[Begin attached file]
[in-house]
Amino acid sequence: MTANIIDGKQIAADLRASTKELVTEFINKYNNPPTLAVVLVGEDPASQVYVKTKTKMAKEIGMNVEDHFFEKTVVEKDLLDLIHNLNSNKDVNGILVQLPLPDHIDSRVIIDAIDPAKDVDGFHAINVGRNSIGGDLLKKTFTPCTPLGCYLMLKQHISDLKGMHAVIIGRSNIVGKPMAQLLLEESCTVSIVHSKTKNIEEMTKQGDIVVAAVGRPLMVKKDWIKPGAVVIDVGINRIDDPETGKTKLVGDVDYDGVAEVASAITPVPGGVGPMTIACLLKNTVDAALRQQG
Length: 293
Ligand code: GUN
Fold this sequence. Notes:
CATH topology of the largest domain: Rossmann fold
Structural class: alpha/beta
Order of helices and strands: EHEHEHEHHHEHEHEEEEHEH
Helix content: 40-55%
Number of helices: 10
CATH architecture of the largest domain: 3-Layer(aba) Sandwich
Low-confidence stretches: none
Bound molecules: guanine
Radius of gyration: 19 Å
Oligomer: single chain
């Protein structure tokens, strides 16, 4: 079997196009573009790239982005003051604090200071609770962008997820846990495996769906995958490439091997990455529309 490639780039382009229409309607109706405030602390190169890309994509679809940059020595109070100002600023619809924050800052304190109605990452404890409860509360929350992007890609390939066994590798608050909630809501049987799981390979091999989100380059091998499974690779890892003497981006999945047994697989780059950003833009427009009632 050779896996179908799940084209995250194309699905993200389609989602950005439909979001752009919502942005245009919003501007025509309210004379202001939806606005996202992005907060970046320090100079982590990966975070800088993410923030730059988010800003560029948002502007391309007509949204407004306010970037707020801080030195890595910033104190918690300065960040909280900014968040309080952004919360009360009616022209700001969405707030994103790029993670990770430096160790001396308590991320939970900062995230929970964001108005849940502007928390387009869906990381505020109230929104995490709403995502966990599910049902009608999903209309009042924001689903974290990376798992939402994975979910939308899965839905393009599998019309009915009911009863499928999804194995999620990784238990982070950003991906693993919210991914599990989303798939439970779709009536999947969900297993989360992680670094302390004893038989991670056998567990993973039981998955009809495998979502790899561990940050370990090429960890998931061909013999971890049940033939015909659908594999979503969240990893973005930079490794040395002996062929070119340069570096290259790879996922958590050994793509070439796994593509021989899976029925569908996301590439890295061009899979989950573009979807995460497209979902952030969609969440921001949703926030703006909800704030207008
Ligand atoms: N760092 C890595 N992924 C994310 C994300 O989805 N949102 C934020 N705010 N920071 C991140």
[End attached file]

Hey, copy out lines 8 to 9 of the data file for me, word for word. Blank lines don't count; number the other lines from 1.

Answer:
Order of helices and strands: EHEHEHEHHHEHEHEEEEHEH
Helix content: 40-55%